Claims of “rainbow fentanyl” are ushering in the 2022 Halloween season, but the most frightening aspect of the rumors might be how willing lawmakers are to believe them.
Senate Majority Leader Chuck Schumer (D-New York) has taken up the talking point of “rainbow fentanyl,” calling for $290 million in federal funding to combat an alleged danger to young people that has yet to materialize.
“Simply put, it is not candy,” Schumer said in a press conference. “They don’t tell the kids it’s candy, but they say, ‘Oh, this will give you a great high,’ and it looks innocent, so the kids are far more likely to take it.”
But he is not the only one advancing such claims. For example, Sen. Rob Portman (R-Ohio) pulled out all the stops tweeting a military-flavored statement about the purported rainbow pills, saying, “We must have all the boots on the ground to interdict deadly rainbow fentanyl as Halloween approaches”:
“In my mind, the reason that this is becoming a hot topic right now is because we are close to the midterm [elections],” said medical toxicologist Dr. Ryan Marino, who has gone on record several times debunking stories of this nature. “This has become a political issue certainly in relation to the border, trying to appeal to parents; and drugs are always a hot topic, at least in recent years.”
The statements coincided with new claims by the Drug Enforcement Administration (DEA) — repeated without question by news organizations — that the colorful pills are being pushed by cartels.
However, NBC News has already walked back at least part of its own story in a correction published on September 27 2022:
An earlier version of this article mistakenly stated that drug cartels were using “rainbow fentanyl” pills to target people as young as middle schoolers. Cartels are targeting young people with the multi-colored pills, the DEA administrator said.
The story was later featured again by the network’s Today Show, but with with no mention of the earlier mistake:
“It really is a press report from law enforcement,” Marino said of NBC’s story. “It’s a statement from the DEA that contains no substantiation or corroborating details, and for major news outlets to be repeating this verbatim without any sort of scrutiny or fact-checking is definitely concerning. If it were any other topic, this would not be the case.”
As officials pushed this line, a series of Twitter posts saying the same thing (“Watch your kids candy this year. The new thing is rainbow fentanyl. Looks like sweet tarts..”) have surfaced on the platform, as they do in one form or another every year:
But as Vice reported in August 2022, the allegations regarding “rainbow fentanyl” lack substance, according to experts:
The likeliest explanation is that dealers are simply adding food coloring to their drugs to distinguish their product, according to Claire Zagorski, program coordinator at the Pharmacy Addictions Research and Medicine Program at the University of Texas at Austin.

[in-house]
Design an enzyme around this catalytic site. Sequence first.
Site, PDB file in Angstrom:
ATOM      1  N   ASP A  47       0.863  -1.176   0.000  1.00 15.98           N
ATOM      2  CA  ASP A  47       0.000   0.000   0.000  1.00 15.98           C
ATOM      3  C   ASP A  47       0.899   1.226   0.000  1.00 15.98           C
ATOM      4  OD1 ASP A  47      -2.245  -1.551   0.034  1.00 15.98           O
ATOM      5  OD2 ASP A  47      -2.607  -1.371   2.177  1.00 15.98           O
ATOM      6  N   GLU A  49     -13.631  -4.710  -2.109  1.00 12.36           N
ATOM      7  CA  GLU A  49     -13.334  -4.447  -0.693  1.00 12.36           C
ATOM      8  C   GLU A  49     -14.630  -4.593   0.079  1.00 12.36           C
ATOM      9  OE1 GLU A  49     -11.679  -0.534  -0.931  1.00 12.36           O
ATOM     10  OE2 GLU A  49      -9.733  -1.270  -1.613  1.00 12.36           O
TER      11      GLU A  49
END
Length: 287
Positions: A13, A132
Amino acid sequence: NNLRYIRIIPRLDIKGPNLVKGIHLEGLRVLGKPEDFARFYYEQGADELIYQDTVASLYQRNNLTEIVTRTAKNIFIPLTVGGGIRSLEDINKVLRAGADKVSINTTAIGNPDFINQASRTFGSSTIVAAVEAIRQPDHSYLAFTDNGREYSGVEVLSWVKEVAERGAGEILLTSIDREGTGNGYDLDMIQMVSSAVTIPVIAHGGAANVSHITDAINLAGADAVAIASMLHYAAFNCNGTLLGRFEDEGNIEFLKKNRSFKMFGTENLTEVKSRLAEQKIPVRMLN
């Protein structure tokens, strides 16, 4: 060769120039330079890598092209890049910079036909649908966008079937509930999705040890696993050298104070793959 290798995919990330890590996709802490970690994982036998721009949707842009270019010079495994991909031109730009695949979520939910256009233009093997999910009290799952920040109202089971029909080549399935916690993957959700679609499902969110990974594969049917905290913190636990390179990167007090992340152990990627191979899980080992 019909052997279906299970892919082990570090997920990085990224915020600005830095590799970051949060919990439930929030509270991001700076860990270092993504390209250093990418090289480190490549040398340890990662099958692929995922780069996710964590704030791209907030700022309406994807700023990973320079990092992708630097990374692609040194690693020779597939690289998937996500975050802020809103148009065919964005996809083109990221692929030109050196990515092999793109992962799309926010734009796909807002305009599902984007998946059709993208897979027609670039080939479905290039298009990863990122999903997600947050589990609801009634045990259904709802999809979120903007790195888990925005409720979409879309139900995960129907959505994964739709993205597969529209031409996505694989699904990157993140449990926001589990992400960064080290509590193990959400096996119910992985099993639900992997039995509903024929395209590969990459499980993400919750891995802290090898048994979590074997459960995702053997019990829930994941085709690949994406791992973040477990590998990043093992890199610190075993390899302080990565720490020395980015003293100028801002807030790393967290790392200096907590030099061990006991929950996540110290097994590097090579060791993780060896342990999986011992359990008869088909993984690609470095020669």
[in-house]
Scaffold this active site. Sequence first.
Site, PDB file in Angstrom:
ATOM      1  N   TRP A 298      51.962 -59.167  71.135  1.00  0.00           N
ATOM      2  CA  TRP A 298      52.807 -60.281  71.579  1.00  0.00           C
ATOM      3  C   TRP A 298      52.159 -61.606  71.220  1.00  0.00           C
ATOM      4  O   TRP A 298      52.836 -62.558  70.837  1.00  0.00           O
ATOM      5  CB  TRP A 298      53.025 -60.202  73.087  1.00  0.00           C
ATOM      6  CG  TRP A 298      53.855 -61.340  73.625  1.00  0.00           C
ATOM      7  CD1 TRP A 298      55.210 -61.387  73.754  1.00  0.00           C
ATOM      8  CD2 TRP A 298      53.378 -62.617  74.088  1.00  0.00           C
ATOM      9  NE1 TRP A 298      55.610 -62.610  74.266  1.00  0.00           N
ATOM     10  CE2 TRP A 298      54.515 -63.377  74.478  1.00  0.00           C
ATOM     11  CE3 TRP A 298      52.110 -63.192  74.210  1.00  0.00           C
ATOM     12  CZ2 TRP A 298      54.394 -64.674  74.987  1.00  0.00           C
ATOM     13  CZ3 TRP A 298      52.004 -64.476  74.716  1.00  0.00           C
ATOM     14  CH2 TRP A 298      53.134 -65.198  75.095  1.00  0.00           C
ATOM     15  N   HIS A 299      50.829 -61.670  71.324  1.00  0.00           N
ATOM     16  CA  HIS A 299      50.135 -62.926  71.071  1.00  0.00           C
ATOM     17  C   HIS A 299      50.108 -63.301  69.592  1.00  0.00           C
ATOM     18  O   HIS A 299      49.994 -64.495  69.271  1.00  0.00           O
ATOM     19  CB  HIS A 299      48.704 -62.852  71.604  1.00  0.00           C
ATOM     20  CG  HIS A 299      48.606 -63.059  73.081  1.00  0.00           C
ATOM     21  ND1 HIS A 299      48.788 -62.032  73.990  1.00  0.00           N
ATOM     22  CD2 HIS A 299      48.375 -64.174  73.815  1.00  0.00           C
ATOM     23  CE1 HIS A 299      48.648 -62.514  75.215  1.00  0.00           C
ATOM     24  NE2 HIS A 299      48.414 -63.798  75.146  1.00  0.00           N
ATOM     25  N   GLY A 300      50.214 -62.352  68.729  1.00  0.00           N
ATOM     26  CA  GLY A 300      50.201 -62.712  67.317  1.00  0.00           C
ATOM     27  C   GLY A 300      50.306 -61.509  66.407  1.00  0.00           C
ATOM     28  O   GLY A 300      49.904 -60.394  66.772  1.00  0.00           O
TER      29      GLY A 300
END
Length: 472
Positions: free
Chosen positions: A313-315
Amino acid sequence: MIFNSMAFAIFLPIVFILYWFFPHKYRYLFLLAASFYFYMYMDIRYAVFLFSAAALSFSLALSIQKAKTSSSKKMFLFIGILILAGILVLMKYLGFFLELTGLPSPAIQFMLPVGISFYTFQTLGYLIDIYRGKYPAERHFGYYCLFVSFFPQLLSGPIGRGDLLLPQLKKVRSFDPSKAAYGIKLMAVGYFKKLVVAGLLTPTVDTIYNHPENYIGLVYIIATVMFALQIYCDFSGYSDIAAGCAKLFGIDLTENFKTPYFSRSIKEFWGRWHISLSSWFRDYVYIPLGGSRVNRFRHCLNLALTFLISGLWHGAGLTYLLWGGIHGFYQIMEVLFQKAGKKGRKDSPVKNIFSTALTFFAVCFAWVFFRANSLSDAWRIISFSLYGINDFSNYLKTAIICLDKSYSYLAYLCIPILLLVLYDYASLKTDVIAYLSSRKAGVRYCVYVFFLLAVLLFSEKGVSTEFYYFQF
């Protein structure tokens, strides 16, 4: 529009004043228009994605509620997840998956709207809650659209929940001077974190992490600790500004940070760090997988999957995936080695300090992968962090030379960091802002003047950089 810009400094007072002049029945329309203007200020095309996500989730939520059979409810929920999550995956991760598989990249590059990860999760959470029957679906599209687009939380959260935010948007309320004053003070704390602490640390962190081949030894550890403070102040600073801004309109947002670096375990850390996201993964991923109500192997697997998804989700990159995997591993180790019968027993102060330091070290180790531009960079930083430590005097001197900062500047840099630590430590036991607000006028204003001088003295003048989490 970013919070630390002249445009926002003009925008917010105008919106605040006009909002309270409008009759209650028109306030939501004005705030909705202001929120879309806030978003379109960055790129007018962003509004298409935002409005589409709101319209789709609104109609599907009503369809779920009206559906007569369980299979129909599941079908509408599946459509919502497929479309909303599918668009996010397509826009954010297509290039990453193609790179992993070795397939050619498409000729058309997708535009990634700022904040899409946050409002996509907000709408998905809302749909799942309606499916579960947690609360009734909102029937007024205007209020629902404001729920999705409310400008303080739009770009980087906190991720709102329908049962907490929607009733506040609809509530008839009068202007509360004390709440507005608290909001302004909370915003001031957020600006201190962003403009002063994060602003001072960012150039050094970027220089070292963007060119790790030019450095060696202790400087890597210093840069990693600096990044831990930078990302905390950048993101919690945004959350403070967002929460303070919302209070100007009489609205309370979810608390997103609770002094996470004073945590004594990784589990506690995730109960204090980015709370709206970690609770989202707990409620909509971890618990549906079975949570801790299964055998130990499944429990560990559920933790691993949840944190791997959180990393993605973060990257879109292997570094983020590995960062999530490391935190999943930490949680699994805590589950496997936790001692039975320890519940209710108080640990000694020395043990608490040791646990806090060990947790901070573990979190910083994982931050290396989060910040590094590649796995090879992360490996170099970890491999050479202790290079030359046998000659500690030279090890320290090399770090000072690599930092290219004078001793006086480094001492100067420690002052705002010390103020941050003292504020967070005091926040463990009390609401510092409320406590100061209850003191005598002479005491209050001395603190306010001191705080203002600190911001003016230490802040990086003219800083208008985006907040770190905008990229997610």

Zagorski told Vice News there’s no evidence that drug dealers are deliberately trying to lure children into using their fentanyl. She added that it doesn’t make economic sense.
“There is not a lot of money in targeting kids and this idea that drug sellers are coming for our children is a very old one that’s been washed and repeated over the decades,” she said.
As we noted at the time, news stories treated law enforcement agency claims with similar credulity:
Dr. Nabarun Dasgupta, senior scientist for the Injury Prevention Research Center (IPRC) at the University of North Carolina-Chapel Hill, told Salon that the recent spate of allegations was “typical drug war bulls**t” and “so divorced from any reality of what drug markets are actually like, it was almost laughable that our country’s top drug enforcement folks are so out of touch with what’s happening on the ground.”
Like Zagorsky, Dasgupta also pointed out that “colored dope” was in no way a novelty.
“This is like completely nothing new,” he said.
The “rainbow fentanyl” allegations also link two long-standing pieces of disinformation: warnings about fentanyl being lethal to the touch, which have been promoted by law enforcement agencies despite being repeatedly debunked, and the panic over “candy”-related drug abuses, warnings about which classically circulate around Halloween with very little to lend them credibility.
“It’s a great thing to worry about, because it happens one day a year,” sociologist Dr. Joel Best said in 2015. “People are imagining this terrible person, who lives down the block, is so crazy that he poisons little children at random. But he’s so tightly wrapped that he only does it one day a year.”
Update 9/27/2022, 3:14 p.m.: Updated to reflect quotes from medical toxicologist Dr. Ryan Marino. – ag